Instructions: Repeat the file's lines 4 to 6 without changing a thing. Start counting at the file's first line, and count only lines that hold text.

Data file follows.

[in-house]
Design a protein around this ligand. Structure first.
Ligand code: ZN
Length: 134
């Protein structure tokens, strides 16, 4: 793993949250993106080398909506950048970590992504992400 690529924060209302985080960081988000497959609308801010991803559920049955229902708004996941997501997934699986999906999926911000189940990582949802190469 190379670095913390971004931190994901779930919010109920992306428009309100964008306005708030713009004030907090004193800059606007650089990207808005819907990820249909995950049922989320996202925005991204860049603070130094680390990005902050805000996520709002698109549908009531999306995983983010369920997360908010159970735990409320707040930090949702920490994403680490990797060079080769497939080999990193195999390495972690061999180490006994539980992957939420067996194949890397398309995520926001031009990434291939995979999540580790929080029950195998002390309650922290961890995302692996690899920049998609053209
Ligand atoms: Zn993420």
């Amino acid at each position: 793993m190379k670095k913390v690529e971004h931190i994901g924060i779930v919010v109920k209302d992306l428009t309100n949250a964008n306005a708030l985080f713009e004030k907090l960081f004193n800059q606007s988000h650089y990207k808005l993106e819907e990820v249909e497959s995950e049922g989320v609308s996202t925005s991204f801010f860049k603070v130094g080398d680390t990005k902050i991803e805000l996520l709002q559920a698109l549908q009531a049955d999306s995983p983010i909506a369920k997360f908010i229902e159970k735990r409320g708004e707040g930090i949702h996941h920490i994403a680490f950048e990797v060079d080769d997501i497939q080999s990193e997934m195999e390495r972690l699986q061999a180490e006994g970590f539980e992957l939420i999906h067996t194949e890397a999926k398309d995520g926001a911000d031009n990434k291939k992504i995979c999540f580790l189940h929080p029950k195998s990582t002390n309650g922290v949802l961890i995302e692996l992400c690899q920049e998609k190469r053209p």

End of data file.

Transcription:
Length: 134
């Protein structure tokens, strides 16, 4: 793993949250993106080398909506950048970590992504992400 690529924060209302985080960081988000497959609308801010991803559920049955229902708004996941997501997934699986999906999926911000189940990582949802190469 190379670095913390971004931190994901779930919010109920992306428009309100964008306005708030713009004030907090004193800059606007650089990207808005819907990820249909995950049922989320996202925005991204860049603070130094680390990005902050805000996520709002698109549908009531999306995983983010369920997360908010159970735990409320707040930090949702920490994403680490990797060079080769497939080999990193195999390495972690061999180490006994539980992957939420067996194949890397398309995520926001031009990434291939995979999540580790929080029950195998002390309650922290961890995302692996690899920049998609053209
Ligand atoms: Zn993420």